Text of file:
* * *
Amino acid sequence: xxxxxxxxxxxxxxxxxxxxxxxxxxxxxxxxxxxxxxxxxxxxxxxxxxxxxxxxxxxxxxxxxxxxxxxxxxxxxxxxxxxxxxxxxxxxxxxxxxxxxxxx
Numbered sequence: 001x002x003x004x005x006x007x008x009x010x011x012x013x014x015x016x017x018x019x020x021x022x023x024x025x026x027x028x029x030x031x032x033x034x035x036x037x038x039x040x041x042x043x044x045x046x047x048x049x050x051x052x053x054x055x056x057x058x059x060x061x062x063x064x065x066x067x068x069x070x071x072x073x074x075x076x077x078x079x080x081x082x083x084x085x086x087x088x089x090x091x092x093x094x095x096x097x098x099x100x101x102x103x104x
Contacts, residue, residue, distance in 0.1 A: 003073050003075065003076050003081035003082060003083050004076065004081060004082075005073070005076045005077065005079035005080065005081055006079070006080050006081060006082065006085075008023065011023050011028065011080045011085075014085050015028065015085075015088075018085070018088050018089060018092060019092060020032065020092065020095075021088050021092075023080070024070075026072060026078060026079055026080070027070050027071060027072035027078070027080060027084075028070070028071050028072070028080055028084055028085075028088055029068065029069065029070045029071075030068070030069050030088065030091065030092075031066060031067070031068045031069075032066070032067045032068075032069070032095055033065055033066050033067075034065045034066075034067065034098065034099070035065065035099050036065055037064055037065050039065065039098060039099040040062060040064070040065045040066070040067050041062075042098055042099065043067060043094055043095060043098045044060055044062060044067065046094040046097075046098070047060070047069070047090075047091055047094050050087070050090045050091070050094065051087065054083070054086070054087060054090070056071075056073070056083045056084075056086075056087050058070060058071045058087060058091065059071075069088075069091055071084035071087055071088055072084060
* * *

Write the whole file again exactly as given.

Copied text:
Amino acid sequence: xxxxxxxxxxxxxxxxxxxxxxxxxxxxxxxxxxxxxxxxxxxxxxxxxxxxxxxxxxxxxxxxxxxxxxxxxxxxxxxxxxxxxxxxxxxxxxxxxxxxxxxx
Numbered sequence: 001x002x003x004x005x006x007x008x009x010x011x012x013x014x015x016x017x018x019x020x021x022x023x024x025x026x027x028x029x030x031x032x033x034x035x036x037x038x039x040x041x042x043x044x045x046x047x048x049x050x051x052x053x054x055x056x057x058x059x060x061x062x063x064x065x066x067x068x069x070x071x072x073x074x075x076x077x078x079x080x081x082x083x084x085x086x087x088x089x090x091x092x093x094x095x096x097x098x099x100x101x102x103x104x
Contacts, residue, residue, distance in 0.1 A: 003073050003075065003076050003081035003082060003083050004076065004081060004082075005073070005076045005077065005079035005080065005081055006079070006080050006081060006082065006085075008023065011023050011028065011080045011085075014085050015028065015085075015088075018085070018088050018089060018092060019092060020032065020092065020095075021088050021092075023080070024070075026072060026078060026079055026080070027070050027071060027072035027078070027080060027084075028070070028071050028072070028080055028084055028085075028088055029068065029069065029070045029071075030068070030069050030088065030091065030092075031066060031067070031068045031069075032066070032067045032068075032069070032095055033065055033066050033067075034065045034066075034067065034098065034099070035065065035099050036065055037064055037065050039065065039098060039099040040062060040064070040065045040066070040067050041062075042098055042099065043067060043094055043095060043098045044060055044062060044067065046094040046097075046098070047060070047069070047090075047091055047094050050087070050090045050091070050094065051087065054083070054086070054087060054090070056071075056073070056083045056084075056086075056087050058070060058071045058087060058091065059071075069088075069091055071084035071087055071088055072084060